|Name: _________________________||Period: ___________________|
This test consists of 5 short answer questions, 10 short essay questions, and 1 (of 3) essay topics.
Short Answer Questions
1. The phrase "suffering cannot be measured and compared quantitatively" comes from which of the following authors?
2. The author cites Lillian Hellman's autobiography as an example of what kind of phenomenon?
3. For the author, what perspective really changed the direction of feminist thought?
4. What name did early feminists use to describe radical, or revolutionary, feminists?
5. How has the author's own perception of her book held up?
Short Essay Questions
1. In Chapter Twelve, "Feminist Revolution: Development through Struggle," does the author see effectiveness in early feminist attitudes towards change?
2. What can alternative models of power accomplish, according to the author?
3. Does the author mention different branches of the feminist movement in Chapter Eight, and if so what kind of relationship do they have?
4. What is the author's approach to discussing feminism in Chapter Two, "Feminism - A Movement to End Sexist Oppression;" i.e. how does she structure the chapter?
5. Is the lack of solidarity mainly an issue between black women and white women?
6. What was the experience of many non-white and lower class women working outside the home?
7. In the Preface to the Second Edition (January 2000) entitled "Seeing the Light: Visionary Feminism," what does the author have to say about her specific approach to feminism and the reactions it created?
8. Does the author encourage a particular attitude towards manifesting change?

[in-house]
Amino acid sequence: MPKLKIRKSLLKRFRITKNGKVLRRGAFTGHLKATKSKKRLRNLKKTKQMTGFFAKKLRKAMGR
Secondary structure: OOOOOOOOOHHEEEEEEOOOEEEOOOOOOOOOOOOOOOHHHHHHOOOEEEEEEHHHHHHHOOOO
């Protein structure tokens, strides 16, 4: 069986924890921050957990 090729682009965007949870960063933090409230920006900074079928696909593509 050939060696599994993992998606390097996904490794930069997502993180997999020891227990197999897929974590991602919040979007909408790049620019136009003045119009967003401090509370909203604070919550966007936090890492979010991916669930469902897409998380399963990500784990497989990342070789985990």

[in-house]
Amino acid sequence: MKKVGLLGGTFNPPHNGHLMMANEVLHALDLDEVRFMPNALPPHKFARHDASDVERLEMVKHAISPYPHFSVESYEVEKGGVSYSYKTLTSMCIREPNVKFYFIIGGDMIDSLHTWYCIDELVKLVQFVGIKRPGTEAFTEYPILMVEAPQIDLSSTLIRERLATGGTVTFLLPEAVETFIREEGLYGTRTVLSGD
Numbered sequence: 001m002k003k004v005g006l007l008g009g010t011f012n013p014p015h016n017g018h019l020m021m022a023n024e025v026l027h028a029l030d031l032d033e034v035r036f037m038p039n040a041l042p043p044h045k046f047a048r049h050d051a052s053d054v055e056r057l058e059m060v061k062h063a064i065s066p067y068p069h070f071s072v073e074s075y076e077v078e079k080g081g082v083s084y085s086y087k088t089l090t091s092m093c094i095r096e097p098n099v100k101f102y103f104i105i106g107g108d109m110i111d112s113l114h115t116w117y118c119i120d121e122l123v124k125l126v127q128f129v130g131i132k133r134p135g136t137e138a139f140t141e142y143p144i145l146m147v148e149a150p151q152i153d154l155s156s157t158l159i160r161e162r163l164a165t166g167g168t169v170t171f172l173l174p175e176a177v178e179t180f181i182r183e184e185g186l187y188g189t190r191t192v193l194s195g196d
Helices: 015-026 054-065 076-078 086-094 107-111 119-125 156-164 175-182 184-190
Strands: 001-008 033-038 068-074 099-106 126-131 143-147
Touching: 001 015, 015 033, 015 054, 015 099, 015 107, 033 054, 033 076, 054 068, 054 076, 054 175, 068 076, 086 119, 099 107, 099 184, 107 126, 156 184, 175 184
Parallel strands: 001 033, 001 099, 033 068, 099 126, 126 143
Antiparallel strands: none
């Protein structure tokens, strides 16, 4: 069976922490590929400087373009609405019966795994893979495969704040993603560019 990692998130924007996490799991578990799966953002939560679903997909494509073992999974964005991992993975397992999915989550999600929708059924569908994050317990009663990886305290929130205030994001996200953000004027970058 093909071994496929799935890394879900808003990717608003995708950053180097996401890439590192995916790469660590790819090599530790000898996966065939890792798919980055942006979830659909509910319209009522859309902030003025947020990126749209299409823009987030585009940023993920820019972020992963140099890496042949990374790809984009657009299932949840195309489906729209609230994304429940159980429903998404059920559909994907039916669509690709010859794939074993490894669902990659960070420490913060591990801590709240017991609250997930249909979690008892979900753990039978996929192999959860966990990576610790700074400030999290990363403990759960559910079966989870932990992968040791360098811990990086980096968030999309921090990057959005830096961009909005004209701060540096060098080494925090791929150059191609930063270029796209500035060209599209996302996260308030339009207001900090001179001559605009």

9. Describe the author's views of how modern western cultures deal with the process of change.
10. Describe the early feminist view on parenting stated in Chapter Ten, "Revolutionary Parenting."
Write an essay for ONE of the following topics:
Essay Topic 1
Essay on Ch. 9: Women and war.
In Ch. 9 the author discusses the nature of violence against women and the phenomenon of violence in general. She uses war as an example of how women, too, demonstrate a capacity for violence. In your essay, think about the connection between traditional beliefs about gender and the author's analysis of women and war. Use quotations by the author to support your argument where necessary.
1) Discuss the author's position on how war is an example of women's capacity for violence.
- How do women support war?
- Does women's support for war, and their encouragement of male family members to go to war, seem to come from and reinforce traditional beliefs about men's and women's natures (e.g. aggressive, nurturing, etc.), whether innate or culturally learned?
2) Is condoning war the same as condoning violence? What can you gather about the author's views on war? Following the author's thinking, is war an example of using violence as a form of social control?
3) Does encouraging women (and gay men) to participate in the military and in war promote social equality?
4) If violence is a manifestation of hierarchy and power, what do women have to gain or lose from participating in war?
Essay Topic 2
Essay on Ch. 7: Women and work.
The author claims that bourgeois feminist's idealization of work alienated many women of color and working class women.
1) How is the early feminist view of work defined by race and class?
2) What were the experiences of many women of color and working class women? What alternatives do they have when the workplace turns out to be a place of discrimination and hierarchy?
3) Do you feel that we live in an equal opportunity society, or are opportunities still affected by a person's gender, race, and class? Provide examples for your argument.
Essay Topic 3
Essay on Ch. 10: Motherhood.
In Ch. 10, the author discusses views on motherhood, both feminist and traditional.
1) Describe traditional beliefs about motherhood mentioned by the author.
2) Next, describe and discuss early feminist reactions to motherhood.
3) Do early feminist beliefs and reactions concerning motherhood challenge and change, or simply reject traditional beliefs?
This section contains 1,036 words
(approx. 4 pages at 300 words per page)